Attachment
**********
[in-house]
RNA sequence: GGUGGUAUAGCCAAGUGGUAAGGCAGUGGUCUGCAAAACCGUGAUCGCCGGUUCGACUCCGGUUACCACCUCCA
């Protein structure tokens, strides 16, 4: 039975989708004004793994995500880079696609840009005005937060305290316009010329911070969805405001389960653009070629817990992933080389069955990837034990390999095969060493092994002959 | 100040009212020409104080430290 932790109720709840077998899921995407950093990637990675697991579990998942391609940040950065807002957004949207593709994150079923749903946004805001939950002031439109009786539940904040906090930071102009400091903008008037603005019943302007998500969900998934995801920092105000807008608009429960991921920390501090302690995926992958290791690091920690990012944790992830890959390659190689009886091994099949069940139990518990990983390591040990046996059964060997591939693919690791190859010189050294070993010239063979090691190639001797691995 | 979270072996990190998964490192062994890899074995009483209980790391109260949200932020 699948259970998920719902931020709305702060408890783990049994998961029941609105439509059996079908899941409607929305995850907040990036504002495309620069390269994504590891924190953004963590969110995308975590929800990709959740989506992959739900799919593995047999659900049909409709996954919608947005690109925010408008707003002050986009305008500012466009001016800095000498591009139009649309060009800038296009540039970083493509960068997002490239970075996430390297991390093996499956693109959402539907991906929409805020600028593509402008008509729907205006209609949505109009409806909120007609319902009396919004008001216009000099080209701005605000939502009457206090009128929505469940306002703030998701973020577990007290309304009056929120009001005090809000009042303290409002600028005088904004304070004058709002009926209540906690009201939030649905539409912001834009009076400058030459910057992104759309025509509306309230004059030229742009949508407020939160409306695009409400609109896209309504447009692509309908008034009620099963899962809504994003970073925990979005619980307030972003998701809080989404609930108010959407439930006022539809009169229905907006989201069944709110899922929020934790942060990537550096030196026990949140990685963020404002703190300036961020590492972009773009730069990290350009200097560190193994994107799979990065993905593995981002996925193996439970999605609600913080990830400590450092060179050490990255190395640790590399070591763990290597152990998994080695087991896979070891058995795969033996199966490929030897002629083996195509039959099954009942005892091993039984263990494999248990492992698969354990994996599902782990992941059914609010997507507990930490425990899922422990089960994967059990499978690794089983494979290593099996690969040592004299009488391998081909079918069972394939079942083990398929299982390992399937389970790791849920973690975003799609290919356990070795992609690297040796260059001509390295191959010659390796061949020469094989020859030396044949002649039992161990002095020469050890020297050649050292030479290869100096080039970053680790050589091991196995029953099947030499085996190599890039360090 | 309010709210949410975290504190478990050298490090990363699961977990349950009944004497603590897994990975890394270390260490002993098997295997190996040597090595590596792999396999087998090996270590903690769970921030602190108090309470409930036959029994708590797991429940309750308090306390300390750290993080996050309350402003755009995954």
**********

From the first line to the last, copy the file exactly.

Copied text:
[in-house]
RNA sequence: GGUGGUAUAGCCAAGUGGUAAGGCAGUGGUCUGCAAAACCGUGAUCGCCGGUUCGACUCCGGUUACCACCUCCA
């Protein structure tokens, strides 16, 4: 039975989708004004793994995500880079696609840009005005937060305290316009010329911070969805405001389960653009070629817990992933080389069955990837034990390999095969060493092994002959 | 100040009212020409104080430290 932790109720709840077998899921995407950093990637990675697991579990998942391609940040950065807002957004949207593709994150079923749903946004805001939950002031439109009786539940904040906090930071102009400091903008008037603005019943302007998500969900998934995801920092105000807008608009429960991921920390501090302690995926992958290791690091920690990012944790992830890959390659190689009886091994099949069940139990518990990983390591040990046996059964060997591939693919690791190859010189050294070993010239063979090691190639001797691995 | 979270072996990190998964490192062994890899074995009483209980790391109260949200932020 699948259970998920719902931020709305702060408890783990049994998961029941609105439509059996079908899941409607929305995850907040990036504002495309620069390269994504590891924190953004963590969110995308975590929800990709959740989506992959739900799919593995047999659900049909409709996954919608947005690109925010408008707003002050986009305008500012466009001016800095000498591009139009649309060009800038296009540039970083493509960068997002490239970075996430390297991390093996499956693109959402539907991906929409805020600028593509402008008509729907205006209609949505109009409806909120007609319902009396919004008001216009000099080209701005605000939502009457206090009128929505469940306002703030998701973020577990007290309304009056929120009001005090809000009042303290409002600028005088904004304070004058709002009926209540906690009201939030649905539409912001834009009076400058030459910057992104759309025509509306309230004059030229742009949508407020939160409306695009409400609109896209309504447009692509309908008034009620099963899962809504994003970073925990979005619980307030972003998701809080989404609930108010959407439930006022539809009169229905907006989201069944709110899922929020934790942060990537550096030196026990949140990685963020404002703190300036961020590492972009773009730069990290350009200097560190193994994107799979990065993905593995981002996925193996439970999605609600913080990830400590450092060179050490990255190395640790590399070591763990290597152990998994080695087991896979070891058995795969033996199966490929030897002629083996195509039959099954009942005892091993039984263990494999248990492992698969354990994996599902782990992941059914609010997507507990930490425990899922422990089960994967059990499978690794089983494979290593099996690969040592004299009488391998081909079918069972394939079942083990398929299982390992399937389970790791849920973690975003799609290919356990070795992609690297040796260059001509390295191959010659390796061949020469094989020859030396044949002649039992161990002095020469050890020297050649050292030479290869100096080039970053680790050589091991196995029953099947030499085996190599890039360090 | 309010709210949410975290504190478990050298490090990363699961977990349950009944004497603590897994990975890394270390260490002993098997295997190996040597090595590596792999396999087998090996270590903690769970921030602190108090309470409930036959029994708590797991429940309750308090306390300390750290993080996050309350402003755009995954």